Cross-Border Transmissions of the Delta Substrain AY.29 During Tokyo Olympic and Paralympic Games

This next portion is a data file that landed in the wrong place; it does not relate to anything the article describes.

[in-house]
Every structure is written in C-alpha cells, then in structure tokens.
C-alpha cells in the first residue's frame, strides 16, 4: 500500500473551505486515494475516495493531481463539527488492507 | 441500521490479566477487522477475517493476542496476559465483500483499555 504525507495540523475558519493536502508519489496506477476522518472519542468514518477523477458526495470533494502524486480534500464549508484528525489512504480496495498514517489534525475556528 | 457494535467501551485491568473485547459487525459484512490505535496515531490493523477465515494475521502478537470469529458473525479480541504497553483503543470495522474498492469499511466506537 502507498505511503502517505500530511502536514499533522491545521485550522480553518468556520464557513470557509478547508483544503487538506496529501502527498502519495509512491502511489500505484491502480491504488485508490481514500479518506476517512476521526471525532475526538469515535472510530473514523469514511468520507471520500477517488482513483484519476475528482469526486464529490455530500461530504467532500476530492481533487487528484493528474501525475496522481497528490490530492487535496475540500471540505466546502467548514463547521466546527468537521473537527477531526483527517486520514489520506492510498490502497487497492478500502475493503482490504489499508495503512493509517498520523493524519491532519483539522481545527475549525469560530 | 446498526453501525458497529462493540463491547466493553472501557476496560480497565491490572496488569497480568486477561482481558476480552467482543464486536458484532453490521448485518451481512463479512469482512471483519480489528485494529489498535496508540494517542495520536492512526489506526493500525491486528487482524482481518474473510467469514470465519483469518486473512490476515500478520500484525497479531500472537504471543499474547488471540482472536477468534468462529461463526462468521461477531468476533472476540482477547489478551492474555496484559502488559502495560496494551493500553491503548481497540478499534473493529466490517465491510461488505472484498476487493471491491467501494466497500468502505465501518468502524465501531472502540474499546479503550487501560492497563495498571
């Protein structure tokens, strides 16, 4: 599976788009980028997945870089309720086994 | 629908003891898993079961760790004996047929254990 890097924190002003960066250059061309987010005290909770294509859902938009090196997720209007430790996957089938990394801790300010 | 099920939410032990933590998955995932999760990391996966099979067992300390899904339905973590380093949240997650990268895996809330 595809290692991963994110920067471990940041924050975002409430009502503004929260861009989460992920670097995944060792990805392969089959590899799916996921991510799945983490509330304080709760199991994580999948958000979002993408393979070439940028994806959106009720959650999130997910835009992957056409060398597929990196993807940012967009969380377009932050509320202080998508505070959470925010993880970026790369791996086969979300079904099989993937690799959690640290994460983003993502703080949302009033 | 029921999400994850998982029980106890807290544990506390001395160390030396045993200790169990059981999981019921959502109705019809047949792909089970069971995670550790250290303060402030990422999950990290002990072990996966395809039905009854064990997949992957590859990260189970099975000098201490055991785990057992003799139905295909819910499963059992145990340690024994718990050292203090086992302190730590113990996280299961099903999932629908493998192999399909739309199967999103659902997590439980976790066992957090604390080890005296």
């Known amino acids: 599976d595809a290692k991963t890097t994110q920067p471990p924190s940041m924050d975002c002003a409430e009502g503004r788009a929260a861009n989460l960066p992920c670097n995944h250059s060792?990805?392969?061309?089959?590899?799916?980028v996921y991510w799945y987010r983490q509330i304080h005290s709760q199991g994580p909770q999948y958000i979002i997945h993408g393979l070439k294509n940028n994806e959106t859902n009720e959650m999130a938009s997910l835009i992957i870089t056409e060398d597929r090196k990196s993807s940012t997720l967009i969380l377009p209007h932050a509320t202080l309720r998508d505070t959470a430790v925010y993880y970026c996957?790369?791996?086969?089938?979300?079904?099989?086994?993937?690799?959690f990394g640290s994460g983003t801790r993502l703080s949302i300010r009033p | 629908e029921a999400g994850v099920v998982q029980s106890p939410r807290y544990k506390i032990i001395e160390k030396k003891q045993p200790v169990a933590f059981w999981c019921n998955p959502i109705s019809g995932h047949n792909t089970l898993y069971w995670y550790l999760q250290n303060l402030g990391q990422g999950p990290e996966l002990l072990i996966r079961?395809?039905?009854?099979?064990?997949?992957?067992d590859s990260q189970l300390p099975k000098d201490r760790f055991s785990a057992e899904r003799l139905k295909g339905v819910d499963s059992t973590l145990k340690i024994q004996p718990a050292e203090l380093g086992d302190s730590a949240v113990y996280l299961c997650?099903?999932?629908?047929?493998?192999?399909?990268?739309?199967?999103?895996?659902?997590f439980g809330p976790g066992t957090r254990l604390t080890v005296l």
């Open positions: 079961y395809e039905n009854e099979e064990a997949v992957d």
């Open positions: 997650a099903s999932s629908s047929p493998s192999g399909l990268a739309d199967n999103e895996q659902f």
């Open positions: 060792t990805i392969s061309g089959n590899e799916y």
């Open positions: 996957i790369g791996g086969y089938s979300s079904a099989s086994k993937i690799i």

Tokyo Olympic and Paralympic Games, postponed for the COVID-19 pandemic, were finally held in the summer of 2021. Just before the games, the Alpha variant was being replaced with the more contagious Delta variant. AY.4 substrain AY.29, which harbors two additional characteristic mutations of 5239C > T (NSP3 Y840Y) and 5514T > C (NSP3 V932A), emerged in Japan and became dominant in Tokyo by the time of the Olympic Games. Variants of SARS-CoV-2 genomes were performed to extract AY.29 Delta substrain samples with 5239C > T and 5514T > C. Phylogenetic analysis was performed to illustrate how AY.29 strains evolved and were introduced into countries abroad. Simultaneously, ancestral searches were performed for the overseas AY.29 samples to identify their origins in Japan using the maximum variant approach. As of January 10, 2022, 118 samples were identified in 20 countries. Phylogenetic analysis and ancestral searches identified 55 distinct introductions into those countries. The United States had 50 samples with 10 distinct introductions, and the United Kingdom had 13 distinct strains introduced in 18 samples. Other countries or regions with multiple introductions were Canada, Germany, South Korea, Hong Kong, Thailand, and the Philippines. Among the 20 countries, most European and North American countries have vaccination rates over 50% and sufficient genomic surveillances are conducted; transmissions seem contained. However, propagation to unvaccinated regions might have caused unfathomable damages. Since samples in those unvaccinated countries are also undersampled with a longer lead time for data sharing, it will take longer to grasp the whole picture. More rigorous departure screenings for the participants from the unvaccinated countries might have been necessary.